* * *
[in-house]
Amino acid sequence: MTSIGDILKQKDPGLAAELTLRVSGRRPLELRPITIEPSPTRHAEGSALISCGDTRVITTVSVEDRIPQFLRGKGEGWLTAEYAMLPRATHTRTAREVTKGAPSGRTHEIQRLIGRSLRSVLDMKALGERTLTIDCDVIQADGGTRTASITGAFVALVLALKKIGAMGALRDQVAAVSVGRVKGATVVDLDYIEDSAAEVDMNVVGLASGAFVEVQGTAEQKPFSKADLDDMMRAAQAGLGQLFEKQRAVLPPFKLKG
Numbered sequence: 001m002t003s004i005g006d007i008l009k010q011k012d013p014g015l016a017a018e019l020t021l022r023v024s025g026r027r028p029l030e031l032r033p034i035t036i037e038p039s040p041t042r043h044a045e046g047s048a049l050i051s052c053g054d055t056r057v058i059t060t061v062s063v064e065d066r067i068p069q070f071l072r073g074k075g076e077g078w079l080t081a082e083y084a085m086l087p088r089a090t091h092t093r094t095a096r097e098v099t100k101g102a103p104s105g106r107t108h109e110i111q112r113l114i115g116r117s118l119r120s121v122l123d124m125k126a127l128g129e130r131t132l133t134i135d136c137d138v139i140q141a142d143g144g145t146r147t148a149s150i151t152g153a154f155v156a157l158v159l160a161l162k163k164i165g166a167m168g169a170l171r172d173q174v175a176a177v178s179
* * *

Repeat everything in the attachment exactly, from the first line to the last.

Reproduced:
[in-house]
Amino acid sequence: MTSIGDILKQKDPGLAAELTLRVSGRRPLELRPITIEPSPTRHAEGSALISCGDTRVITTVSVEDRIPQFLRGKGEGWLTAEYAMLPRATHTRTAREVTKGAPSGRTHEIQRLIGRSLRSVLDMKALGERTLTIDCDVIQADGGTRTASITGAFVALVLALKKIGAMGALRDQVAAVSVGRVKGATVVDLDYIEDSAAEVDMNVVGLASGAFVEVQGTAEQKPFSKADLDDMMRAAQAGLGQLFEKQRAVLPPFKLKG
Numbered sequence: 001m002t003s004i005g006d007i008l009k010q011k012d013p014g015l016a017a018e019l020t021l022r023v024s025g026r027r028p029l030e031l032r033p034i035t036i037e038p039s040p041t042r043h044a045e046g047s048a049l050i051s052c053g054d055t056r057v058i059t060t061v062s063v064e065d066r067i068p069q070f071l072r073g074k075g076e077g078w079l080t081a082e083y084a085m086l087p088r089a090t091h092t093r094t095a096r097e098v099t100k101g102a103p104s105g106r107t108h109e110i111q112r113l114i115g116r117s118l119r120s121v122l123d124m125k126a127l128g129e130r131t132l133t134i135d136c137d138v139i140q141a142d143g144g145t146r147t148a149s150i151t152g153a154f155v156a157l158v159l160a161l162k163k164i165g166a167m168g169a170l171r172d173q174v175a176a177v178s179